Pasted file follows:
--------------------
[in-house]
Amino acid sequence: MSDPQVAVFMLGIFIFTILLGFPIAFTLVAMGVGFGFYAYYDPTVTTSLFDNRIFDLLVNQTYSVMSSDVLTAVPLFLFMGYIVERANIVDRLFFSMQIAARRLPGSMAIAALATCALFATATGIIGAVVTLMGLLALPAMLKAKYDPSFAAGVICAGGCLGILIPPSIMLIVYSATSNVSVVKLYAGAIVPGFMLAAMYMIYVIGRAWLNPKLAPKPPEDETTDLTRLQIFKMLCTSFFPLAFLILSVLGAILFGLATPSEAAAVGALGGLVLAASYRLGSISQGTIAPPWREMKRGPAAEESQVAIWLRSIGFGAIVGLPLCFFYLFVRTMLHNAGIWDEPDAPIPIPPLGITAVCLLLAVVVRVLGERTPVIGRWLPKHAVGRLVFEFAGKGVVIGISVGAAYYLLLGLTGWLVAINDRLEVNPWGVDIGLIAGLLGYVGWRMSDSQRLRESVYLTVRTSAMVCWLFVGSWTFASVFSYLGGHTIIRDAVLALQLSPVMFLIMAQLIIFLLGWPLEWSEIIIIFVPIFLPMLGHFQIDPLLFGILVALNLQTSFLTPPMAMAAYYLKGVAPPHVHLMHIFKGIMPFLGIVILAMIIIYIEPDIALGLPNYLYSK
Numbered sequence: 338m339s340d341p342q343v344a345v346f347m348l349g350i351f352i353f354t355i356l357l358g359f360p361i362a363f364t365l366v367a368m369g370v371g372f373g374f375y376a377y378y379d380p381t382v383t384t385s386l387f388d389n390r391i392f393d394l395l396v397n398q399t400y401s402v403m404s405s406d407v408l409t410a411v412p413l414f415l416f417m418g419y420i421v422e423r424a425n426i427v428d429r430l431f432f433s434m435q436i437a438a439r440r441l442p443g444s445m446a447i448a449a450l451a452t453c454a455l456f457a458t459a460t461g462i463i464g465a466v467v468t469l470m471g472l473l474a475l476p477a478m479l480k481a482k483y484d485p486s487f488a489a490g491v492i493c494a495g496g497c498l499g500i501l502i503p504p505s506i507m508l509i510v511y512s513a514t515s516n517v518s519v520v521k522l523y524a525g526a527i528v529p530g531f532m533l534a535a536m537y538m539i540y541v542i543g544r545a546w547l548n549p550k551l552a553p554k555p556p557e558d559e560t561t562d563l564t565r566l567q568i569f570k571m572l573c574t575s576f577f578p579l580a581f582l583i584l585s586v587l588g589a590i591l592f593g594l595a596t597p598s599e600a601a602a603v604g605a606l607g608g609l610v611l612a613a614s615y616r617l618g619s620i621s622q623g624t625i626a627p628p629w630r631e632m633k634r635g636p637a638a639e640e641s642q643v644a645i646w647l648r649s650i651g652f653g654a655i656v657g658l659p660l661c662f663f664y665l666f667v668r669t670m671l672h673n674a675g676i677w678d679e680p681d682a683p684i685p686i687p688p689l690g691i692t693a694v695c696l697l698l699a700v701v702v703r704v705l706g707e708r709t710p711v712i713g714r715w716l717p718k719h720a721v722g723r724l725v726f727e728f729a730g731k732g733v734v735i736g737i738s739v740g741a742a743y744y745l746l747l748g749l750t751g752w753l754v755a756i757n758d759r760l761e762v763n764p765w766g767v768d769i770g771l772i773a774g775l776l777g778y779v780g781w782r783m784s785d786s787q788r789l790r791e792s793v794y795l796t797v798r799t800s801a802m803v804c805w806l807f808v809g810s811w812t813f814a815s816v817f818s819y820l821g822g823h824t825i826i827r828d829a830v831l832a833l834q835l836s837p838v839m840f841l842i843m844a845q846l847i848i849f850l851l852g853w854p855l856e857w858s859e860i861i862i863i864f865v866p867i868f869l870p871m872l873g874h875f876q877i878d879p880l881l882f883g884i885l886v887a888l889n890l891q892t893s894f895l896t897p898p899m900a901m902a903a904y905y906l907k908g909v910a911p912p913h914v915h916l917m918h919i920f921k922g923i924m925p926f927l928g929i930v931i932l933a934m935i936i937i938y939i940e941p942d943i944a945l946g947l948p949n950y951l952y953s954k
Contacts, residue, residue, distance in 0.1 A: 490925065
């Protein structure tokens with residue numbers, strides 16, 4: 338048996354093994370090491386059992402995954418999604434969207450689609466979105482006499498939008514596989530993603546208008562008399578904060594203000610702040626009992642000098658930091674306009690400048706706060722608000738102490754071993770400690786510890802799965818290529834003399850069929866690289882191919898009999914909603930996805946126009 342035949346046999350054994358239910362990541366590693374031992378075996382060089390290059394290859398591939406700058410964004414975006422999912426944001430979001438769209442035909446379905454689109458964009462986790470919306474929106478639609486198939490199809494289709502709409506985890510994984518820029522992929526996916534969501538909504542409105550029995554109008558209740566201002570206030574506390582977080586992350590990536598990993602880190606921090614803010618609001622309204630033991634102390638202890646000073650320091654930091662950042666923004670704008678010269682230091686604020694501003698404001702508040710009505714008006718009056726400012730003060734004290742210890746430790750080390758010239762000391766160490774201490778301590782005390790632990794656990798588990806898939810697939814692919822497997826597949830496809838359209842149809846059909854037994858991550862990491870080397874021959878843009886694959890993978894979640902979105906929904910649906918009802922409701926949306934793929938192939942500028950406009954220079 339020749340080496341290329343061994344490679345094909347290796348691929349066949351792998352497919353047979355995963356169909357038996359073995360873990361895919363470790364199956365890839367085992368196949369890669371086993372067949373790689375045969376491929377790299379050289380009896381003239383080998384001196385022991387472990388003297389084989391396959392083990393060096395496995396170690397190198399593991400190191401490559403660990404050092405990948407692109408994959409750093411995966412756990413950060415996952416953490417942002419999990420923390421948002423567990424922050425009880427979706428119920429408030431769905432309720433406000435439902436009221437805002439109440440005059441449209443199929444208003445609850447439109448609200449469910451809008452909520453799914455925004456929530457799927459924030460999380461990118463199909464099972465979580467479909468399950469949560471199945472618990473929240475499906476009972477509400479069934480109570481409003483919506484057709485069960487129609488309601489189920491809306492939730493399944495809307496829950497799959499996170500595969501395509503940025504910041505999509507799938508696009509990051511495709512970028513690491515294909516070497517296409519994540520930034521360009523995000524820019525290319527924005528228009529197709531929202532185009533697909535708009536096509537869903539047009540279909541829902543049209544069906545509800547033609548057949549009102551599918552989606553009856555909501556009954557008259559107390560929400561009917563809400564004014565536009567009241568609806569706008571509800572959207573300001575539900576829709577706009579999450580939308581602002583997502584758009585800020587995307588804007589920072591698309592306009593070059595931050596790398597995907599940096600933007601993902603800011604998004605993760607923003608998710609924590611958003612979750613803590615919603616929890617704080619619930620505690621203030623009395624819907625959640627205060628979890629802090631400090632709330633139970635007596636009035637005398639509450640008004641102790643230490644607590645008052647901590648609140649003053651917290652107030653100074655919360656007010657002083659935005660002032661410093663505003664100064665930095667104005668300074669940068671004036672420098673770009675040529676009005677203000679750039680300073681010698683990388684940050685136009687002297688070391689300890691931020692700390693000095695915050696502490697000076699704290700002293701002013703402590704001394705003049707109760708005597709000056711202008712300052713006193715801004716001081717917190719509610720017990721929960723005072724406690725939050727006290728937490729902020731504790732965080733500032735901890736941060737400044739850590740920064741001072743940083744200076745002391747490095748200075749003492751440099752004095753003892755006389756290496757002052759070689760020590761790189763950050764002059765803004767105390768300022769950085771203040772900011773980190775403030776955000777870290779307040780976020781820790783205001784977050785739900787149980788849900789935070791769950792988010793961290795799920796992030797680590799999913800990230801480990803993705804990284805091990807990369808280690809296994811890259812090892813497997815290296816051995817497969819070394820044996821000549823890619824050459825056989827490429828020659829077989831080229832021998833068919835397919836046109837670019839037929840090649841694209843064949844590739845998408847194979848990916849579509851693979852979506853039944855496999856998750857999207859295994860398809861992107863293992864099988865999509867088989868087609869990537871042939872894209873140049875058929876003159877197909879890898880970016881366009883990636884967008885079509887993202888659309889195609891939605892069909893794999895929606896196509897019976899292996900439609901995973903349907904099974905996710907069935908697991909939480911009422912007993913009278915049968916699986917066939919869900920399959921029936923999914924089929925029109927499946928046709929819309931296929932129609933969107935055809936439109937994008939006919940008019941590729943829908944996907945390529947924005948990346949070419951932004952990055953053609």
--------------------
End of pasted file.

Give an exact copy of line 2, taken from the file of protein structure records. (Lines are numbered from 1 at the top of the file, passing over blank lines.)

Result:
Amino acid sequence: MSDPQVAVFMLGIFIFTILLGFPIAFTLVAMGVGFGFYAYYDPTVTTSLFDNRIFDLLVNQTYSVMSSDVLTAVPLFLFMGYIVERANIVDRLFFSMQIAARRLPGSMAIAALATCALFATATGIIGAVVTLMGLLALPAMLKAKYDPSFAAGVICAGGCLGILIPPSIMLIVYSATSNVSVVKLYAGAIVPGFMLAAMYMIYVIGRAWLNPKLAPKPPEDETTDLTRLQIFKMLCTSFFPLAFLILSVLGAILFGLATPSEAAAVGALGGLVLAASYRLGSISQGTIAPPWREMKRGPAAEESQVAIWLRSIGFGAIVGLPLCFFYLFVRTMLHNAGIWDEPDAPIPIPPLGITAVCLLLAVVVRVLGERTPVIGRWLPKHAVGRLVFEFAGKGVVIGISVGAAYYLLLGLTGWLVAINDRLEVNPWGVDIGLIAGLLGYVGWRMSDSQRLRESVYLTVRTSAMVCWLFVGSWTFASVFSYLGGHTIIRDAVLALQLSPVMFLIMAQLIIFLLGWPLEWSEIIIIFVPIFLPMLGHFQIDPLLFGILVALNLQTSFLTPPMAMAAYYLKGVAPPHVHLMHIFKGIMPFLGIVILAMIIIYIEPDIALGLPNYLYSK